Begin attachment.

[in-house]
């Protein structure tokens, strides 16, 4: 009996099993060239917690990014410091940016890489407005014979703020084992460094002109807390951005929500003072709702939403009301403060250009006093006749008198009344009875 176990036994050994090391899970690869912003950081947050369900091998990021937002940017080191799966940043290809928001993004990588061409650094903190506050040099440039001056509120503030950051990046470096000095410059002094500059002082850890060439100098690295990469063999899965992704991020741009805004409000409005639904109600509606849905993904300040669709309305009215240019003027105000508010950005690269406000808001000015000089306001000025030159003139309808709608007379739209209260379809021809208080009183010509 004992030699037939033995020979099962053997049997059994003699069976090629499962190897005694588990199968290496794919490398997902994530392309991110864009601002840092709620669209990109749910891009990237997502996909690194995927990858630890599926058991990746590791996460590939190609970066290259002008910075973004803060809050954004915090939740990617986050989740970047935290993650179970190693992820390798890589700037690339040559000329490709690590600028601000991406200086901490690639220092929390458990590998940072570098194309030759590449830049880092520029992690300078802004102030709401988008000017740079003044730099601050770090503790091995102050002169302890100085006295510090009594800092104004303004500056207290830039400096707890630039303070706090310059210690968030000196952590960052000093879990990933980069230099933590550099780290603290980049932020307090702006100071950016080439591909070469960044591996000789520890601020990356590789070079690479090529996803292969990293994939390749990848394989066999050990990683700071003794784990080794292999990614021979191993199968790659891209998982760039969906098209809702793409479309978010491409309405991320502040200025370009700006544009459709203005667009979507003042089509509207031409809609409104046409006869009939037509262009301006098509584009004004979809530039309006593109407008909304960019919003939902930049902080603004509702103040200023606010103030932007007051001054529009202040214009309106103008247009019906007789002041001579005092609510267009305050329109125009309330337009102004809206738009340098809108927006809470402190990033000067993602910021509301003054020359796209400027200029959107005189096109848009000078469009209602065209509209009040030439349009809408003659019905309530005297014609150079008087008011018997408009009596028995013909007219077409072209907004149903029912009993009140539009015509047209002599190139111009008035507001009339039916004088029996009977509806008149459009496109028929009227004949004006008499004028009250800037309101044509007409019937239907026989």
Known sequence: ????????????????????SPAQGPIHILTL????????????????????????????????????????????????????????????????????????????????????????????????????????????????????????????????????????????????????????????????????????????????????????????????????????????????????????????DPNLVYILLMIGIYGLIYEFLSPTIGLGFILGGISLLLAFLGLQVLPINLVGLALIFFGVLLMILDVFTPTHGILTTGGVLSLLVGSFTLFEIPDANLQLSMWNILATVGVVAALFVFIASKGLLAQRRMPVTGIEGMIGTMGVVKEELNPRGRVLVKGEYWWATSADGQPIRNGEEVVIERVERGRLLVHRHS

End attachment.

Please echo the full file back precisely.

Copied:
[in-house]
């Protein structure tokens, strides 16, 4: 009996099993060239917690990014410091940016890489407005014979703020084992460094002109807390951005929500003072709702939403009301403060250009006093006749008198009344009875 176990036994050994090391899970690869912003950081947050369900091998990021937002940017080191799966940043290809928001993004990588061409650094903190506050040099440039001056509120503030950051990046470096000095410059002094500059002082850890060439100098690295990469063999899965992704991020741009805004409000409005639904109600509606849905993904300040669709309305009215240019003027105000508010950005690269406000808001000015000089306001000025030159003139309808709608007379739209209260379809021809208080009183010509 004992030699037939033995020979099962053997049997059994003699069976090629499962190897005694588990199968290496794919490398997902994530392309991110864009601002840092709620669209990109749910891009990237997502996909690194995927990858630890599926058991990746590791996460590939190609970066290259002008910075973004803060809050954004915090939740990617986050989740970047935290993650179970190693992820390798890589700037690339040559000329490709690590600028601000991406200086901490690639220092929390458990590998940072570098194309030759590449830049880092520029992690300078802004102030709401988008000017740079003044730099601050770090503790091995102050002169302890100085006295510090009594800092104004303004500056207290830039400096707890630039303070706090310059210690968030000196952590960052000093879990990933980069230099933590550099780290603290980049932020307090702006100071950016080439591909070469960044591996000789520890601020990356590789070079690479090529996803292969990293994939390749990848394989066999050990990683700071003794784990080794292999990614021979191993199968790659891209998982760039969906098209809702793409479309978010491409309405991320502040200025370009700006544009459709203005667009979507003042089509509207031409809609409104046409006869009939037509262009301006098509584009004004979809530039309006593109407008909304960019919003939902930049902080603004509702103040200023606010103030932007007051001054529009202040214009309106103008247009019906007789002041001579005092609510267009305050329109125009309330337009102004809206738009340098809108927006809470402190990033000067993602910021509301003054020359796209400027200029959107005189096109848009000078469009209602065209509209009040030439349009809408003659019905309530005297014609150079008087008011018997408009009596028995013909007219077409072209907004149903029912009993009140539009015509047209002599190139111009008035507001009339039916004088029996009977509806008149459009496109028929009227004949004006008499004028009250800037309101044509007409019937239907026989």
Known sequence: ????????????????????SPAQGPIHILTL????????????????????????????????????????????????????????????????????????????????????????????????????????????????????????????????????????????????????????????????????????????????????????????????????????????????????????????DPNLVYILLMIGIYGLIYEFLSPTIGLGFILGGISLLLAFLGLQVLPINLVGLALIFFGVLLMILDVFTPTHGILTTGGVLSLLVGSFTLFEIPDANLQLSMWNILATVGVVAALFVFIASKGLLAQRRMPVTGIEGMIGTMGVVKEELNPRGRVLVKGEYWWATSADGQPIRNGEEVVIERVERGRLLVHRHS